Improvement of oil prices by 24% yoy in January-September this year and the increase of the export customs duty on oil had a positive impact on the flow of oil revenues that grew by 30.6% yoy. Currently, the share of oil revenues in the consolidated revenues of the State budget has increased to 41%, from 34% in Jan-Sep 2016. While non-oil revenues even decreased by 3.6% yoy, reflecting a weaker recovery of non-oil sector of the economy. It should be noted that the growth of tax revenues was offset by a decline in non-tax revenues, in particular other non-tax revenues item (T160 billion for 9M2016 vs T18 billion for 9M2017)

The State budget expenditures increased by 11% yoy to T7.3 trillion for 9M2017 (excluding T2.1 trillion to Fund of non-performing loans) as compared to the same period last year. According to the plan costs for the year amounted to 70%.

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The spending on education, health and culture in January-September 2017 increased by about 15% compared with the same period of the previous year and is in line with the annual plan. It should be noted that the costs of these articles correspond to one third of all costs of the State budget.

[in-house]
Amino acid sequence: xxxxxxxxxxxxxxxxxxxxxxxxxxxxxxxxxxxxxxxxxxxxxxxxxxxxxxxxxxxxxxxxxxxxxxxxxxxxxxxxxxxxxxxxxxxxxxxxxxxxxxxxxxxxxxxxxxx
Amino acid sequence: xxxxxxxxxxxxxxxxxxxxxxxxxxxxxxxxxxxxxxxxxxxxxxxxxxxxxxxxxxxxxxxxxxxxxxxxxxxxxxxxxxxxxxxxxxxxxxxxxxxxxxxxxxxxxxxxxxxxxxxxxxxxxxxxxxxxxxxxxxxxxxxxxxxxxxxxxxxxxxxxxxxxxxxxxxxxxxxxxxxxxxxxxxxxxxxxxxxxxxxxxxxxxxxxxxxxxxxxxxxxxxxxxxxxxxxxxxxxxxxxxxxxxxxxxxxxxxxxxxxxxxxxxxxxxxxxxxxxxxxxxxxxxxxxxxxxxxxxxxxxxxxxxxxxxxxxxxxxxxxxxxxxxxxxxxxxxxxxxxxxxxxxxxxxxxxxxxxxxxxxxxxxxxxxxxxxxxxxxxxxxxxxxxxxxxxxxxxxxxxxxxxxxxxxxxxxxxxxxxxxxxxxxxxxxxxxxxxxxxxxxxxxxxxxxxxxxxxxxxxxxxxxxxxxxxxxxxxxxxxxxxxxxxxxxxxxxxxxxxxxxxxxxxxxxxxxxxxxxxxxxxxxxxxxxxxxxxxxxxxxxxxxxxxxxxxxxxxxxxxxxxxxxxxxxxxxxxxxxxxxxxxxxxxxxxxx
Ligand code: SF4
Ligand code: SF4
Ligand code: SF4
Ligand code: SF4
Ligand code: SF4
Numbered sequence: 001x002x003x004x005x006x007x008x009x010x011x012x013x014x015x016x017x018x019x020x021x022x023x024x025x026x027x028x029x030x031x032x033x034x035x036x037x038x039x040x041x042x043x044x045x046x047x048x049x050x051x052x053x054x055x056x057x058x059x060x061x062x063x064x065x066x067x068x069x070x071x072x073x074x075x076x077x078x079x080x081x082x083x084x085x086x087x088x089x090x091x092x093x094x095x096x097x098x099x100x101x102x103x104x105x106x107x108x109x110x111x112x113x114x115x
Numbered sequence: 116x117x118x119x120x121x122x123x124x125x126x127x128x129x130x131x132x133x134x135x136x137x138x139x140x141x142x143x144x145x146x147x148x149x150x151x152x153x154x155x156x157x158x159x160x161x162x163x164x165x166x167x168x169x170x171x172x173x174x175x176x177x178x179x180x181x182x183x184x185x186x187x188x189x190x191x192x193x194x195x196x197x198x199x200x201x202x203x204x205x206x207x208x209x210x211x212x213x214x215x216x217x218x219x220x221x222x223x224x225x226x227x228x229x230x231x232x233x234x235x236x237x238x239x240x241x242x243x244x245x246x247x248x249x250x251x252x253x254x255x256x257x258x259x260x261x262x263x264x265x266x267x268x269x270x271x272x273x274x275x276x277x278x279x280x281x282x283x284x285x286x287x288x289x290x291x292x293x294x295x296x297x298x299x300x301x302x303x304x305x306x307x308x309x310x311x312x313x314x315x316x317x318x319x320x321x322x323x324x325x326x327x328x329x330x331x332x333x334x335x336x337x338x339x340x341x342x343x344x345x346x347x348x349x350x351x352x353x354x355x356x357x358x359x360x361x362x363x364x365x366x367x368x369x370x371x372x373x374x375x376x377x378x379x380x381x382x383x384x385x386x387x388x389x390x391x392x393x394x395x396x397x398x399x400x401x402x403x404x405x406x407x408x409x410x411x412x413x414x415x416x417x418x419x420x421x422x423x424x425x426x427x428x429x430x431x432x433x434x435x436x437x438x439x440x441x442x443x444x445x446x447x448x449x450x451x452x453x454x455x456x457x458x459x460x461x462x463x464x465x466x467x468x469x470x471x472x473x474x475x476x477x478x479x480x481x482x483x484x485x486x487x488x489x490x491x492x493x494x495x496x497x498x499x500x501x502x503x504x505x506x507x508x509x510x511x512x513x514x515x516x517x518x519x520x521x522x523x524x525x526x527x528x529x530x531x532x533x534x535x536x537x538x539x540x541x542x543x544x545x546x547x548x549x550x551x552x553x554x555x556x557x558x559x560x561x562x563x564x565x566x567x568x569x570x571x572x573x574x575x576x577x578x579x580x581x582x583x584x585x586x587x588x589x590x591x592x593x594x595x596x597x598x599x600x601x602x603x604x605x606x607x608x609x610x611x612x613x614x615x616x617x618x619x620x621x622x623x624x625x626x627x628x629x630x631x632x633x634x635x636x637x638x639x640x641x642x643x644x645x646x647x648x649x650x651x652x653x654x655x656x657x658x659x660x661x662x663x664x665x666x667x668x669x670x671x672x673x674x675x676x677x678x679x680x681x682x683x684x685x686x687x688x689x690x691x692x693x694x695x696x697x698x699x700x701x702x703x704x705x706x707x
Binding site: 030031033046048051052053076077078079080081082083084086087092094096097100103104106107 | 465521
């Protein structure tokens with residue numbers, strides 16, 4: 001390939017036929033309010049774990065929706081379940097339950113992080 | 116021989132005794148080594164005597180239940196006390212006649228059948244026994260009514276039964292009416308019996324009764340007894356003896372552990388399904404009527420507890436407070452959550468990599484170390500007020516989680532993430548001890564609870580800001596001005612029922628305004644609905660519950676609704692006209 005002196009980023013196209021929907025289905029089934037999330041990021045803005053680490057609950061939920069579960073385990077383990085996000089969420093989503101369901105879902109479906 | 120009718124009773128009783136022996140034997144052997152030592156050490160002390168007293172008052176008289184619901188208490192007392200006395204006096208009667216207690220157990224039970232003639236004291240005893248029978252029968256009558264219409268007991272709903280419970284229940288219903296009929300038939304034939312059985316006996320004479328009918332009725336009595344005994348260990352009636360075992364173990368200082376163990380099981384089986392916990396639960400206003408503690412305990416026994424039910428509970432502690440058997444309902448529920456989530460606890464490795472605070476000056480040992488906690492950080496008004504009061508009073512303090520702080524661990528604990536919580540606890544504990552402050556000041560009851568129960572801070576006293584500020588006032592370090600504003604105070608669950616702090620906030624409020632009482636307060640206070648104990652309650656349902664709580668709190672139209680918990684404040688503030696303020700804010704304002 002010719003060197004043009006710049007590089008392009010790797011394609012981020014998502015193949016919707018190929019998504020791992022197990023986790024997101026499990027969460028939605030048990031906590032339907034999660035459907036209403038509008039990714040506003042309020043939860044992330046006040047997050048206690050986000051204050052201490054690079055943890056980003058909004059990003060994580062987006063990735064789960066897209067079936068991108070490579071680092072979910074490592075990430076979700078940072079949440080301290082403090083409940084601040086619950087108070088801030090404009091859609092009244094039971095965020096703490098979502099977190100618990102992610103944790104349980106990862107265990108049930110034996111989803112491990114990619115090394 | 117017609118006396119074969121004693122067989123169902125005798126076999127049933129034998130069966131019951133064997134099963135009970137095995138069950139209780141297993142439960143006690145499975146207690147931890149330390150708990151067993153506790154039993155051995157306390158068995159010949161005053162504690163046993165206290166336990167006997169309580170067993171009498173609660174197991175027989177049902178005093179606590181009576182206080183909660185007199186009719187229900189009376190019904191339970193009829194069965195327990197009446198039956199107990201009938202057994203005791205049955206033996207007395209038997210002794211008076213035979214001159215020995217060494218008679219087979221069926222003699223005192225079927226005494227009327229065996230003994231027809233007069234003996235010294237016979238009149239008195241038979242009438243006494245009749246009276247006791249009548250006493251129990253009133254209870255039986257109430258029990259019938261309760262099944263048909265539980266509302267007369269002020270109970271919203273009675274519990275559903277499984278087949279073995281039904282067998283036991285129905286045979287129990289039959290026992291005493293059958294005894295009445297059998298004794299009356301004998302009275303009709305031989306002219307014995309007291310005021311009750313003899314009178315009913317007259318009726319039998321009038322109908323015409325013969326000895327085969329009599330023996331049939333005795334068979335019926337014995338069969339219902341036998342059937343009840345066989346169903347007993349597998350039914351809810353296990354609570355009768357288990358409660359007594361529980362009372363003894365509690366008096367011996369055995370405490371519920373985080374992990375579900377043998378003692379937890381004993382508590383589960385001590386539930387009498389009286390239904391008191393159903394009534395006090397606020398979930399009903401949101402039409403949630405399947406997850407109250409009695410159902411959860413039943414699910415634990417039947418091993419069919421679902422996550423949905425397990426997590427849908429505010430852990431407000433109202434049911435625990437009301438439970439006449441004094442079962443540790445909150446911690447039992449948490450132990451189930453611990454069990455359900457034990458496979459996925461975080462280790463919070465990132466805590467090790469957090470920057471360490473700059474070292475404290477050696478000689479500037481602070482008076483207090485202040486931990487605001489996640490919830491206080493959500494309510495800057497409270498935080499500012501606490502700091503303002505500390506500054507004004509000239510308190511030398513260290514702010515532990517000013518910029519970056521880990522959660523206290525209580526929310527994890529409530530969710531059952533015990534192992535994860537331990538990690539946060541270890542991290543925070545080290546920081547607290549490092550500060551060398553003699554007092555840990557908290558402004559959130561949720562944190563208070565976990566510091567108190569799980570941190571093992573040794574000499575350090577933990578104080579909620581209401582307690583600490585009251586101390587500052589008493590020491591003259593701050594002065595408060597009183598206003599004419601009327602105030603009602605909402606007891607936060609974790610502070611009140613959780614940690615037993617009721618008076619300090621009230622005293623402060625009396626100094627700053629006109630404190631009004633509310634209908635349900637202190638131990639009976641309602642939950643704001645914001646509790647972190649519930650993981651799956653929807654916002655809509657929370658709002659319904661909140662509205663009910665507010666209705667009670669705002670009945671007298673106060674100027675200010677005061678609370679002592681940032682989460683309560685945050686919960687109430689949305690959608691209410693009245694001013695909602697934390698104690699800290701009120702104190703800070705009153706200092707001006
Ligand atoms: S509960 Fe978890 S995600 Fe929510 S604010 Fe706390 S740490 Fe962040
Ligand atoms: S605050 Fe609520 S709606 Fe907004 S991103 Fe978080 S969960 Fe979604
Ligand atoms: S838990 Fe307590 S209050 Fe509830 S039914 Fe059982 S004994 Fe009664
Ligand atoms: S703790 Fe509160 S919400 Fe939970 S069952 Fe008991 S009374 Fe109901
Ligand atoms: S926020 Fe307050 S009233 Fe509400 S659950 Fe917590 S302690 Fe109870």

Expenditure on social security increased by 15% yoy, partly because of the increase in pensions, which provided growth at a level of up to 28%. Due to an increase of pensions the decline in real wages is partially offset while staying in the negative zone since 2015. At the same time, this creates the ground for faster growth in prices  

Financing of public services such as defense, public order and other services increased approximately by 7% yoy with a slight lag from the plan for this year.